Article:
AdWords will now ignore word orders and function words.
In the name of getting more clicks, Google is re-purposing exact match into something that’s not exactly, exact.
The Google Announcement states
Close variants now connects more people with what they’re looking for
Google is making your life easier it seems, so that you have less to manage on your AdWords account.
Whether someone is searching for “running shoes” or “shoes for running,” what they want remains the same; they’re looking for running shoes.
In theory, Google’s idea here is to generate more “qualified” clicks, and that is certainly a brilliant idea. However, when you start counting every conversion and every cost per conversion, its not that simple.
Google claims there is virtually no difference as their “early tests” show that advertisers would see up to 3% more exact clicks match (obviously) while keeping nearly the same click-through (CTR) and conversion rates.
The gritty details
First, function words will be ignored and reworded as needed. Function words are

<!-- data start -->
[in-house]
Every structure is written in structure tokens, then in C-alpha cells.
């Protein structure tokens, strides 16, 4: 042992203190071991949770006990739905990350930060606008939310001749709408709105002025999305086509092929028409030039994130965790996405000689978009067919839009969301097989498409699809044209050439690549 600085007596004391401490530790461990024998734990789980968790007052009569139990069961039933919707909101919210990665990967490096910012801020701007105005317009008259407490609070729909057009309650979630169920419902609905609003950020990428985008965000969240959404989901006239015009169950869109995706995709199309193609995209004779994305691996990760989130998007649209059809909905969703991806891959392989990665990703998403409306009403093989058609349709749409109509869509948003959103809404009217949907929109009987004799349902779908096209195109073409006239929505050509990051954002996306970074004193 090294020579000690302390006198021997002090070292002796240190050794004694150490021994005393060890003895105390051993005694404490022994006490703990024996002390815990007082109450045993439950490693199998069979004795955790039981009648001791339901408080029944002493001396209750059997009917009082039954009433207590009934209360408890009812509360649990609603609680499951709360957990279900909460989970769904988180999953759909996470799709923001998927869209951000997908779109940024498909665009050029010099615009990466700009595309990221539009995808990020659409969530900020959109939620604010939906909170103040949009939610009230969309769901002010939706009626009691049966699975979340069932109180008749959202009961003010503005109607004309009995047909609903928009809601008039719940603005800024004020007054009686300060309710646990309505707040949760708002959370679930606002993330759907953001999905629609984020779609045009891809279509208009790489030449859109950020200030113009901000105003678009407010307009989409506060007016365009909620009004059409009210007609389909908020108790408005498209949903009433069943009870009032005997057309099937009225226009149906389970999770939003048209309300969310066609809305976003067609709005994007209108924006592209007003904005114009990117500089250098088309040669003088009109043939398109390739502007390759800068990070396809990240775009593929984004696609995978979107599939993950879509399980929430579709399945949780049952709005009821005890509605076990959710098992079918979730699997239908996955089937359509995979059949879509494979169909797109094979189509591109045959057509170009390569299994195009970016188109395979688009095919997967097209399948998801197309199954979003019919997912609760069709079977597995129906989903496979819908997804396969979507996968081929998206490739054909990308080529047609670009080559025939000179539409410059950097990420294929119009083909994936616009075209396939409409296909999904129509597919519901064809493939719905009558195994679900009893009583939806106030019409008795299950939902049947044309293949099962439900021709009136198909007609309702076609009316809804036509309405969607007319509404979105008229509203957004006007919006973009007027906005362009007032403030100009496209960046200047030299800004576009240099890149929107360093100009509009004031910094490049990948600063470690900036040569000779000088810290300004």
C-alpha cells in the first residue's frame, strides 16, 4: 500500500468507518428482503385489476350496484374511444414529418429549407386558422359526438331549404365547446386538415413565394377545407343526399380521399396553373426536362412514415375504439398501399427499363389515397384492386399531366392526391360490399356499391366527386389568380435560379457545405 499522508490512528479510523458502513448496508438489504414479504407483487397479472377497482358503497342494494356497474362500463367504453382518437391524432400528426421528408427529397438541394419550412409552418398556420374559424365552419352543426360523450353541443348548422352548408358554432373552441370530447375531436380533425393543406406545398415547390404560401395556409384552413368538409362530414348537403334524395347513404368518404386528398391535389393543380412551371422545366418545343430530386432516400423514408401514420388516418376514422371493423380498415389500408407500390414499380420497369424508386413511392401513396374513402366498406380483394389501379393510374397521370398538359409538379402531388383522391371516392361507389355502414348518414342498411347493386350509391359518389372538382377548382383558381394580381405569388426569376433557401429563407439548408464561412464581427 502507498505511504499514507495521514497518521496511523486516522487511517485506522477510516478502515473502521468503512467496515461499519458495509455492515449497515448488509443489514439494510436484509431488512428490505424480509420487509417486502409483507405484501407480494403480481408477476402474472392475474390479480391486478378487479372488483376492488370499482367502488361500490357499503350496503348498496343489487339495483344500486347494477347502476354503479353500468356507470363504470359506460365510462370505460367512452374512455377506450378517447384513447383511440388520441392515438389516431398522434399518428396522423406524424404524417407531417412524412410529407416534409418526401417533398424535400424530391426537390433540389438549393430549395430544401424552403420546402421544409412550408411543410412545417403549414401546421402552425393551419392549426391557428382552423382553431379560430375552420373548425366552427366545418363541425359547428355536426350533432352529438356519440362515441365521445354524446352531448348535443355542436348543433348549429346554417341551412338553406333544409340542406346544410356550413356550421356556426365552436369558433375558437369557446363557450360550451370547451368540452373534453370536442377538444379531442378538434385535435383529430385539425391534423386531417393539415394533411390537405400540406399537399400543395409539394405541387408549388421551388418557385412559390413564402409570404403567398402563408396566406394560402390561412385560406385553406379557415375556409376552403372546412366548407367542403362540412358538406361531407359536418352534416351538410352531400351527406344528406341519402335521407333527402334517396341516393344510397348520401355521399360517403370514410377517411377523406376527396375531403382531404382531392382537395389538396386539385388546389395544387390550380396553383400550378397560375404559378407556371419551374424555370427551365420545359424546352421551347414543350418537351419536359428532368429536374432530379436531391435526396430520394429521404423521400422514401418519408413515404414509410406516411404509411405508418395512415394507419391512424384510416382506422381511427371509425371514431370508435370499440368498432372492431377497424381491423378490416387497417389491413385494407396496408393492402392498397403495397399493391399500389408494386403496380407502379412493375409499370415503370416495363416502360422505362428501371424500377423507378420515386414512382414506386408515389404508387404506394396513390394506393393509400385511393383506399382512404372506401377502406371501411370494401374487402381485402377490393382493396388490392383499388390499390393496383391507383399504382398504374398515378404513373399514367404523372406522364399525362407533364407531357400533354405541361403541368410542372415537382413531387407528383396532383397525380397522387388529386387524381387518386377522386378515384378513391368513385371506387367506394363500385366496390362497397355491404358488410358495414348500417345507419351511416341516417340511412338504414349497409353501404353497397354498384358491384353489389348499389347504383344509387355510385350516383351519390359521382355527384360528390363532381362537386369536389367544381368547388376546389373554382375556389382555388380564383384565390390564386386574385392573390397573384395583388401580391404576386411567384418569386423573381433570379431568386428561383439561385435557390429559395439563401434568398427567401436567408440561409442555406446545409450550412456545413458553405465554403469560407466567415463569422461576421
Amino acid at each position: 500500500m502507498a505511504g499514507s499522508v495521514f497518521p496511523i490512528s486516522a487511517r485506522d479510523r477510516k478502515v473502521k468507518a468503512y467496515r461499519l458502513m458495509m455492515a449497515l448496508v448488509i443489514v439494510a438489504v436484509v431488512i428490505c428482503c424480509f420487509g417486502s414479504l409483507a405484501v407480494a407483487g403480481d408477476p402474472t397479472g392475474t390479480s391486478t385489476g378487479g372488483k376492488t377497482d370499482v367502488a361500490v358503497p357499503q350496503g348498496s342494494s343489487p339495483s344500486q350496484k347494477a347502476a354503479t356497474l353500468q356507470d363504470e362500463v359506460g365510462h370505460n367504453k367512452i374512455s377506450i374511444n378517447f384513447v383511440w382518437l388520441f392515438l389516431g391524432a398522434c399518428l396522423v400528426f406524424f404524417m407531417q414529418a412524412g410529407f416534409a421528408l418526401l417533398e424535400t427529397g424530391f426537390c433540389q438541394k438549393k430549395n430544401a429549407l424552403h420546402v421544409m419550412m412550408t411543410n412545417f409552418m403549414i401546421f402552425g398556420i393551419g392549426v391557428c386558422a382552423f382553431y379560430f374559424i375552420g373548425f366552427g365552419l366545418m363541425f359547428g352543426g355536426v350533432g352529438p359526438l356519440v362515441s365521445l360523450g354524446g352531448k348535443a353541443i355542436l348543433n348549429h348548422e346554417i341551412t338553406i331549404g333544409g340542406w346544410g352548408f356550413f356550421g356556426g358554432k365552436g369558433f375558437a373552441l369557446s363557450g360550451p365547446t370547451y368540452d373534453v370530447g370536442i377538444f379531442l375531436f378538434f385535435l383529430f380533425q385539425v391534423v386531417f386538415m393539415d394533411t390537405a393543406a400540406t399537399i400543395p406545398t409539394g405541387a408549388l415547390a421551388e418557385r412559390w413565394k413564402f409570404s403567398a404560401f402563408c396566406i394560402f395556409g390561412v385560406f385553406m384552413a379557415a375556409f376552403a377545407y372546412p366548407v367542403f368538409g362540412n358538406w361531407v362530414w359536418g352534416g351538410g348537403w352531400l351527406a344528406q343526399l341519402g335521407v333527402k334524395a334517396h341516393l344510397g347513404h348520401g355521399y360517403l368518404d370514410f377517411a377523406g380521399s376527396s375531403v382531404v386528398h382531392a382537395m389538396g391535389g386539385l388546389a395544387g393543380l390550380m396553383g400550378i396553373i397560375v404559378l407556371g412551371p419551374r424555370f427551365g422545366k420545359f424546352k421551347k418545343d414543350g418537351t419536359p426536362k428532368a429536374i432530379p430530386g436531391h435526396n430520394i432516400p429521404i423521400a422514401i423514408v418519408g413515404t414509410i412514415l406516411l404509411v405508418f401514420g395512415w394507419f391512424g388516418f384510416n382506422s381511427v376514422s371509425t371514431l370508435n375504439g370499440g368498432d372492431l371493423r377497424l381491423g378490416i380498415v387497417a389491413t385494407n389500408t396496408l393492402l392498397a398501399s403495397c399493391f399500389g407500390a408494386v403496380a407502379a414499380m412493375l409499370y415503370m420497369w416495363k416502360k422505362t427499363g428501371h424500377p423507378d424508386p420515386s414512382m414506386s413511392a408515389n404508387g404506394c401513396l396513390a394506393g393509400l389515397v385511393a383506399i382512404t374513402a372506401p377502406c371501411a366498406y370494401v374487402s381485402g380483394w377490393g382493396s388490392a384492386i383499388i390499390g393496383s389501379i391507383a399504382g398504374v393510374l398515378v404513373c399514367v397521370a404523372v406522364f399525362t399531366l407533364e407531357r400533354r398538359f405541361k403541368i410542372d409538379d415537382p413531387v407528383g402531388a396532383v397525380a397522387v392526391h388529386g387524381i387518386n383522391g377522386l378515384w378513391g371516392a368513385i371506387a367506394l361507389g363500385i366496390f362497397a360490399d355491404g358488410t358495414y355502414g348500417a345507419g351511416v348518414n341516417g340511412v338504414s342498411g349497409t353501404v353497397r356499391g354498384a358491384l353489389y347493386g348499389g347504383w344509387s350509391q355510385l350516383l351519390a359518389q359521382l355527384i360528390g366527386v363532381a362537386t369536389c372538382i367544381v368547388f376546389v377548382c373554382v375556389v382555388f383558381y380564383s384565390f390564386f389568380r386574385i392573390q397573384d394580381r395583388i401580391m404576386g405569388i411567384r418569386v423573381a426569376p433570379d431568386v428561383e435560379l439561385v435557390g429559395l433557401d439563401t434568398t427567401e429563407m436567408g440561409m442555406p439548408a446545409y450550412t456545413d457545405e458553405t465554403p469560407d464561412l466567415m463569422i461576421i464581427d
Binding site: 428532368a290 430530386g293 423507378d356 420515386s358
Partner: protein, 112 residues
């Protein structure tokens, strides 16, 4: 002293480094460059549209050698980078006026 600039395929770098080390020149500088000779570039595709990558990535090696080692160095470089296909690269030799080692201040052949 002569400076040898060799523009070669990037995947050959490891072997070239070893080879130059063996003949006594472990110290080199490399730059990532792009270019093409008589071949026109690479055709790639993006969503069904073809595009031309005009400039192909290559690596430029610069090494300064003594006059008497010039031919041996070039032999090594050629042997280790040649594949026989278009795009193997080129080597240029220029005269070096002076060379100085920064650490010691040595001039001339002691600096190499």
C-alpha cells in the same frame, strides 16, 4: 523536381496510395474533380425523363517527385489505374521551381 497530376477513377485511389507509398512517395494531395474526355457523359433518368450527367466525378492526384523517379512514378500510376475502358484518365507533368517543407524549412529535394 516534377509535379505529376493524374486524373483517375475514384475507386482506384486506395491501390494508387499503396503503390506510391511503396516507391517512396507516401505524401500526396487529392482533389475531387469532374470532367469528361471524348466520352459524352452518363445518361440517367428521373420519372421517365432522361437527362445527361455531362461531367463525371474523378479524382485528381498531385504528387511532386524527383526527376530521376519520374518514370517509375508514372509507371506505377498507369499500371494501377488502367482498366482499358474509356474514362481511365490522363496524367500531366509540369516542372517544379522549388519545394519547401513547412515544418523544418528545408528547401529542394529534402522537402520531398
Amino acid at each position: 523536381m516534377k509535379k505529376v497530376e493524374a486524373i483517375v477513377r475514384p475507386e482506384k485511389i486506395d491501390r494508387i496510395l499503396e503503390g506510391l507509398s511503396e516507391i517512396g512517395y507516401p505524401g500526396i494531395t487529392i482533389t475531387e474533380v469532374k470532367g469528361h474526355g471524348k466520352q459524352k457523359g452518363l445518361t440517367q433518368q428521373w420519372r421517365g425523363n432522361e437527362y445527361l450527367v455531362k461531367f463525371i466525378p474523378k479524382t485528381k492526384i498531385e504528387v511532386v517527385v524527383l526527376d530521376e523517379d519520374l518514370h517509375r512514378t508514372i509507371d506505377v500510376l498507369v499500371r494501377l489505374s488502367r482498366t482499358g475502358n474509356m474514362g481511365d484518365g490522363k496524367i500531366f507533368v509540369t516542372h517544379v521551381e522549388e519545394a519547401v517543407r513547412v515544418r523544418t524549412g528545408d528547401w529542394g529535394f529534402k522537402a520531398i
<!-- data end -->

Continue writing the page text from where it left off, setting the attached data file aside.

- Prepositions (to, in)
- Conjunctions (for, but)
- Articles (a, the)
What will happen is that these words will be added, removed, or changed when there is no impact behind the actual query.
For example, the “in” in “hotels in new york” can be safely ignored because it doesn’t affect the meaning. However, the “to” in “flights to new york” would not be ignored, because a “flight from new york” is not the same as a “flight to new york.”
Neat! But there’s more. AdWords will now able to take an entire query and re-order the words, which means the words are the same, they are just moved around.
For example, “buy new cars” and “new cars buy.”
Essentially, you will no longer have to maintain lists of re-worded and re-ordered exact match keywords. If you don’t like this idea, there’s always “phrase match” which is not effected in this Google update.
For large campaigns, this can be a bit of a pain, and in some cases may require a reset of the keywords. Just make sure you fully understand how Google AdWords will treat the words so that you don’t get the query sets that you don’t want in your campaign.
This post was written by Tony Dygal